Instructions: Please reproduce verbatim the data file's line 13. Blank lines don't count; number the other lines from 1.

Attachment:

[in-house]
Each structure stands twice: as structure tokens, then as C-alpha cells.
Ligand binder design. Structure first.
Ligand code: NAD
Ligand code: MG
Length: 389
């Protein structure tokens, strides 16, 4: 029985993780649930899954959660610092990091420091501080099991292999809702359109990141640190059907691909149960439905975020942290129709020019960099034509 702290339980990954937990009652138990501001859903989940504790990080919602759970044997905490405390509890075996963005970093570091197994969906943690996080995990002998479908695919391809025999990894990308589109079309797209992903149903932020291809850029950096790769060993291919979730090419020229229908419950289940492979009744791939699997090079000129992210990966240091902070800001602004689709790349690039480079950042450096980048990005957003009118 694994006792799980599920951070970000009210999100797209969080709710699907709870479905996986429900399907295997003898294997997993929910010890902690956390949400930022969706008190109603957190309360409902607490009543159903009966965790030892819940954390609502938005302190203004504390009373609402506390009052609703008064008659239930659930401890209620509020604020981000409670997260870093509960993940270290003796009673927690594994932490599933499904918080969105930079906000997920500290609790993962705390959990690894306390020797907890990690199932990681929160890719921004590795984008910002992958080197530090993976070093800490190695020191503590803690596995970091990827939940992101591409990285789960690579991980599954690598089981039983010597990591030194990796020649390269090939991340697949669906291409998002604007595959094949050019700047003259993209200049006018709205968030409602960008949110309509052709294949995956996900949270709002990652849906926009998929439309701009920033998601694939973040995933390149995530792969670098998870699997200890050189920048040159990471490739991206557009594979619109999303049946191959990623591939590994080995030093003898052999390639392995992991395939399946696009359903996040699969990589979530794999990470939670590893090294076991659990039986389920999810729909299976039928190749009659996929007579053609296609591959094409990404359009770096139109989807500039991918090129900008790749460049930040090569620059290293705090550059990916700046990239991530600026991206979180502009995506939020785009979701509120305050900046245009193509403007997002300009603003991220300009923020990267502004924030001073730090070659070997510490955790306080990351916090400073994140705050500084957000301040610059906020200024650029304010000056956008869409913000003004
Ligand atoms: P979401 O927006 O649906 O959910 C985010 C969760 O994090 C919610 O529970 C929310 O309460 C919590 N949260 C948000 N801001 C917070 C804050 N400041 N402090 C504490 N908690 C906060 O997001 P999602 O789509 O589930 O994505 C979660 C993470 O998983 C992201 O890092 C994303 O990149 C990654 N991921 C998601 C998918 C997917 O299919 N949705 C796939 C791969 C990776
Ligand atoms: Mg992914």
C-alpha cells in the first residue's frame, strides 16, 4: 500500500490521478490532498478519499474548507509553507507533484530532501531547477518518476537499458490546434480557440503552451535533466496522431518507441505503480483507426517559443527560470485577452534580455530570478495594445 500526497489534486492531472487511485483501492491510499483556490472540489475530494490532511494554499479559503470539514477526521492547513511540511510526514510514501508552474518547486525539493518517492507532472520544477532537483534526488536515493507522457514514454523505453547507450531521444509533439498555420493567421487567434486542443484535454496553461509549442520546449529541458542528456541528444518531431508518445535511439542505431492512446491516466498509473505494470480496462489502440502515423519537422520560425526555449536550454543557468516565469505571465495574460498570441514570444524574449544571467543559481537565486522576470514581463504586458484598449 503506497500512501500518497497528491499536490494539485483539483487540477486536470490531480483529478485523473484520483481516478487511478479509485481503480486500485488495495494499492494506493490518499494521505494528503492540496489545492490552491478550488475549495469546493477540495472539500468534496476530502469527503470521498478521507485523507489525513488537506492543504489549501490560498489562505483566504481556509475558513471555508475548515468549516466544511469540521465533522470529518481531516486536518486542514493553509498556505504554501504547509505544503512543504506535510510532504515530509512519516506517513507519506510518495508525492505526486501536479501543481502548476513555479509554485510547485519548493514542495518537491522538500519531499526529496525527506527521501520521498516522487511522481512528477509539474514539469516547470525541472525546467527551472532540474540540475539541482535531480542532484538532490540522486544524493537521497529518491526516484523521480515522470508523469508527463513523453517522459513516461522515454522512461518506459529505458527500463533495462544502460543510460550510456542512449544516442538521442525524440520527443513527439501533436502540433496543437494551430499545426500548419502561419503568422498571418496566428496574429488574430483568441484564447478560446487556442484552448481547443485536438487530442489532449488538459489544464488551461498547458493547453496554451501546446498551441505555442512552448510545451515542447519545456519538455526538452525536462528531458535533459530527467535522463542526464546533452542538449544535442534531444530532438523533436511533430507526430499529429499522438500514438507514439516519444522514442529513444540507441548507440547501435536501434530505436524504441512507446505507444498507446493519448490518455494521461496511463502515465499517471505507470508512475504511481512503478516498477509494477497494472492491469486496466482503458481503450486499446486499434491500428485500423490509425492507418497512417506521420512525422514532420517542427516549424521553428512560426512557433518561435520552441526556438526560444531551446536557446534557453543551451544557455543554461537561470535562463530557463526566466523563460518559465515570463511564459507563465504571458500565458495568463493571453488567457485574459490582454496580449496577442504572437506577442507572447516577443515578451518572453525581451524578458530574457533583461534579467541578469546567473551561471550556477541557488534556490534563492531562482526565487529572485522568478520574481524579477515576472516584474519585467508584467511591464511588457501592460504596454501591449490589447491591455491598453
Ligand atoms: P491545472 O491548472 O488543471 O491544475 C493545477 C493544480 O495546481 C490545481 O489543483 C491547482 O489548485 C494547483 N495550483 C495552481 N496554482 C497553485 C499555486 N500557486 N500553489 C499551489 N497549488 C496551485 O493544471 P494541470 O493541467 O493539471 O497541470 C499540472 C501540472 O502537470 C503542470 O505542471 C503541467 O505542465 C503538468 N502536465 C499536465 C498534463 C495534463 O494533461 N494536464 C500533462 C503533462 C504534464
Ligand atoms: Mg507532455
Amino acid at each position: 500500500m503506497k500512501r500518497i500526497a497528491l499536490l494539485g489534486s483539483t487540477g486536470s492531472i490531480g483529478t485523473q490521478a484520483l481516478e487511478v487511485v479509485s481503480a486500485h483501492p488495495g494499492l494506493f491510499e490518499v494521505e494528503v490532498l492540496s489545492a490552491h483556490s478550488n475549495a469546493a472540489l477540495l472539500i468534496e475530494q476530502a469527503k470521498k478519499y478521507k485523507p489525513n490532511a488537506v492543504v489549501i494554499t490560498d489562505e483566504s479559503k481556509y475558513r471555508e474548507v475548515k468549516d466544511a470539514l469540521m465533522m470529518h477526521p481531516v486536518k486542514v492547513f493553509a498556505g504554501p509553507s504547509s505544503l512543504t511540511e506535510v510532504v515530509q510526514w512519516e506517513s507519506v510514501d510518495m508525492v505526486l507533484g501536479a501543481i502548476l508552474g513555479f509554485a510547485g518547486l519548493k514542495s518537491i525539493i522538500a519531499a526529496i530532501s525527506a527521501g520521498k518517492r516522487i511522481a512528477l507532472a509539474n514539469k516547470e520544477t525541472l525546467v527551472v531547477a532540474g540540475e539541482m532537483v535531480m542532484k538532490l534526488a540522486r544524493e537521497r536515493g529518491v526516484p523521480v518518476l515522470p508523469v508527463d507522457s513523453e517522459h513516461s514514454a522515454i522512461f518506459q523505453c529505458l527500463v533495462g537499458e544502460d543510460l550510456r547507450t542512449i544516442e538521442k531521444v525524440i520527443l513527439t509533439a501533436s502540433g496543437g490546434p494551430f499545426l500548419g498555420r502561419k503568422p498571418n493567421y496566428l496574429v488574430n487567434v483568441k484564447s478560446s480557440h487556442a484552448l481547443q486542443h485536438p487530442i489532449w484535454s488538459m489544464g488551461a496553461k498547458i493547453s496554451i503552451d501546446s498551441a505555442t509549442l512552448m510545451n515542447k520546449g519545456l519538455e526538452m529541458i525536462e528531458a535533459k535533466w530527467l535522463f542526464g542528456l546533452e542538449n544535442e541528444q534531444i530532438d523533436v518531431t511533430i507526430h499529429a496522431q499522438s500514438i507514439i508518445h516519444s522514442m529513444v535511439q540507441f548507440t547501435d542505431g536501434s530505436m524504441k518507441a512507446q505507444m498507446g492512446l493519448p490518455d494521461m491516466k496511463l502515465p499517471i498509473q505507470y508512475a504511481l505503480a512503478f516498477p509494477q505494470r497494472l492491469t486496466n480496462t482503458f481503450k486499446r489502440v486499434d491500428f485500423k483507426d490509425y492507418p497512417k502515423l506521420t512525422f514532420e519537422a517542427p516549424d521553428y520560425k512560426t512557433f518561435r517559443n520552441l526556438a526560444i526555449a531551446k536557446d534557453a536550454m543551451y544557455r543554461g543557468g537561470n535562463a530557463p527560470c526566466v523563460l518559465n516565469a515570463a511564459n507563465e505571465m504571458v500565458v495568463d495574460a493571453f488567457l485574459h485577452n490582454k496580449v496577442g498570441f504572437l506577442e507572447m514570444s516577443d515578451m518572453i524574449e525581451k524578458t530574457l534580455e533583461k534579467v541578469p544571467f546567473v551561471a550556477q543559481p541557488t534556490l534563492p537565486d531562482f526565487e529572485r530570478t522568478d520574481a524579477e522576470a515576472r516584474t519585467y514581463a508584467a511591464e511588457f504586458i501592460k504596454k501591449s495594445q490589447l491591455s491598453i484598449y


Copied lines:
Amino acid at each position: 500500500m503506497k500512501r500518497i500526497a497528491l499536490l494539485g489534486s483539483t487540477g486536470s492531472i490531480g483529478t485523473q490521478a484520483l481516478e487511478v487511485v479509485s481503480a486500485h483501492p488495495g494499492l494506493f491510499e490518499v494521505e494528503v490532498l492540496s489545492a490552491h483556490s478550488n475549495a469546493a472540489l477540495l472539500i468534496e475530494q476530502a469527503k470521498k478519499y478521507k485523507p489525513n490532511a488537506v492543504v489549501i494554499t490560498d489562505e483566504s479559503k481556509y475558513r471555508e474548507v475548515k468549516d466544511a470539514l469540521m465533522m470529518h477526521p481531516v486536518k486542514v492547513f493553509a498556505g504554501p509553507s504547509s505544503l512543504t511540511e506535510v510532504v515530509q510526514w512519516e506517513s507519506v510514501d510518495m508525492v505526486l507533484g501536479a501543481i502548476l508552474g513555479f509554485a510547485g518547486l519548493k514542495s518537491i525539493i522538500a519531499a526529496i530532501s525527506a527521501g520521498k518517492r516522487i511522481a512528477l507532472a509539474n514539469k516547470e520544477t525541472l525546467v527551472v531547477a532540474g540540475e539541482m532537483v535531480m542532484k538532490l534526488a540522486r544524493e537521497r536515493g529518491v526516484p523521480v518518476l515522470p508523469v508527463d507522457s513523453e517522459h513516461s514514454a522515454i522512461f518506459q523505453c529505458l527500463v533495462g537499458e544502460d543510460l550510456r547507450t542512449i544516442e538521442k531521444v525524440i520527443l513527439t509533439a501533436s502540433g496543437g490546434p494551430f499545426l500548419g498555420r502561419k503568422p498571418n493567421y496566428l496574429v488574430n487567434v483568441k484564447s478560446s480557440h487556442a484552448l481547443q486542443h485536438p487530442i489532449w484535454s488538459m489544464g488551461a496553461k498547458i493547453s496554451i503552451d501546446s498551441a505555442t509549442l512552448m510545451n515542447k520546449g519545456l519538455e526538452m529541458i525536462e528531458a535533459k535533466w530527467l535522463f542526464g542528456l546533452e542538449n544535442e541528444q534531444i530532438d523533436v518531431t511533430i507526430h499529429a496522431q499522438s500514438i507514439i508518445h516519444s522514442m529513444v535511439q540507441f548507440t547501435d542505431g536501434s530505436m524504441k518507441a512507446q505507444m498507446g492512446l493519448p490518455d494521461m491516466k496511463l502515465p499517471i498509473q505507470y508512475a504511481l505503480a512503478f516498477p509494477q505494470r497494472l492491469t486496466n480496462t482503458f481503450k486499446r489502440v486499434d491500428f485500423k483507426d490509425y492507418p497512417k502515423l506521420t512525422f514532420e519537422a517542427p516549424d521553428y520560425k512560426t512557433f518561435r517559443n520552441l526556438a526560444i526555449a531551446k536557446d534557453a536550454m543551451y544557455r543554461g543557468g537561470n535562463a530557463p527560470c526566466v523563460l518559465n516565469a515570463a511564459n507563465e505571465m504571458v500565458v495568463d495574460a493571453f488567457l485574459h485577452n490582454k496580449v496577442g498570441f504572437l506577442e507572447m514570444s516577443d515578451m518572453i524574449e525581451k524578458t530574457l534580455e533583461k534579467v541578469p544571467f546567473v551561471a550556477q543559481p541557488t534556490l534563492p537565486d531562482f526565487e529572485r530570478t522568478d520574481a524579477e522576470a515576472r516584474t519585467y514581463a508584467a511591464e511588457f504586458i501592460k504596454k501591449s495594445q490589447l491591455s491598453i484598449y